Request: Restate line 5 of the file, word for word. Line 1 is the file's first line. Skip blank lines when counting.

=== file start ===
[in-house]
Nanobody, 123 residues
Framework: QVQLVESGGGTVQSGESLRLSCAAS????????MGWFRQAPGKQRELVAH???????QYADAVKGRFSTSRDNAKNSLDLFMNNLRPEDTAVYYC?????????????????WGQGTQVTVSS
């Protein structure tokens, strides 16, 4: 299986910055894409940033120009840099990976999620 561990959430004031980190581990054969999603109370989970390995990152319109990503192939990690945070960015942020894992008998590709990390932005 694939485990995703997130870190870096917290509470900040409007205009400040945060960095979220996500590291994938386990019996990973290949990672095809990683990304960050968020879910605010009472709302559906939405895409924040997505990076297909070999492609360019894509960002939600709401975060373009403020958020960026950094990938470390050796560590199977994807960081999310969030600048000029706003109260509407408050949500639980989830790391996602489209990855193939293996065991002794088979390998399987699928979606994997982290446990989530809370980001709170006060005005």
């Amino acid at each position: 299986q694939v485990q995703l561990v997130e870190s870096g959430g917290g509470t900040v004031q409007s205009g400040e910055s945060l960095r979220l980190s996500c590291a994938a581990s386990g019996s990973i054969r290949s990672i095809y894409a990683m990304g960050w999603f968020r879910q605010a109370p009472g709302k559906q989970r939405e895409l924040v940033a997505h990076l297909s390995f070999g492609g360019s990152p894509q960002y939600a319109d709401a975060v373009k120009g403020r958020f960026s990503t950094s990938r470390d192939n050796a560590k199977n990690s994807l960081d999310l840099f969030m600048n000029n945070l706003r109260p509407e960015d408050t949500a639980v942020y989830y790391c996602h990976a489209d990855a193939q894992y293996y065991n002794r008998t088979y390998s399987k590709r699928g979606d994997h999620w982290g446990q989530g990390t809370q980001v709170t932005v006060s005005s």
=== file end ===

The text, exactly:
């Amino acid at each position: 299986q694939v485990q995703l561990v997130e870190s870096g959430g917290g509470t900040v004031q409007s205009g400040e910055s945060l960095r979220l980190s996500c590291a994938a581990s386990g019996s990973i054969r290949s990672i095809y894409a990683m990304g960050w999603f968020r879910q605010a109370p009472g709302k559906q989970r939405e895409l924040v940033a997505h990076l297909s390995f070999g492609g360019s990152p894509q960002y939600a319109d709401a975060v373009k120009g403020r958020f960026s990503t950094s990938r470390d192939n050796a560590k199977n990690s994807l960081d999310l840099f969030m600048n000029n945070l706003r109260p509407e960015d408050t949500a639980v942020y989830y790391c996602h990976a489209d990855a193939q894992y293996y065991n002794r008998t088979y390998s399987k590709r699928g979606d994997h999620w982290g446990q989530g990390t809370q980001v709170t932005v006060s005005s």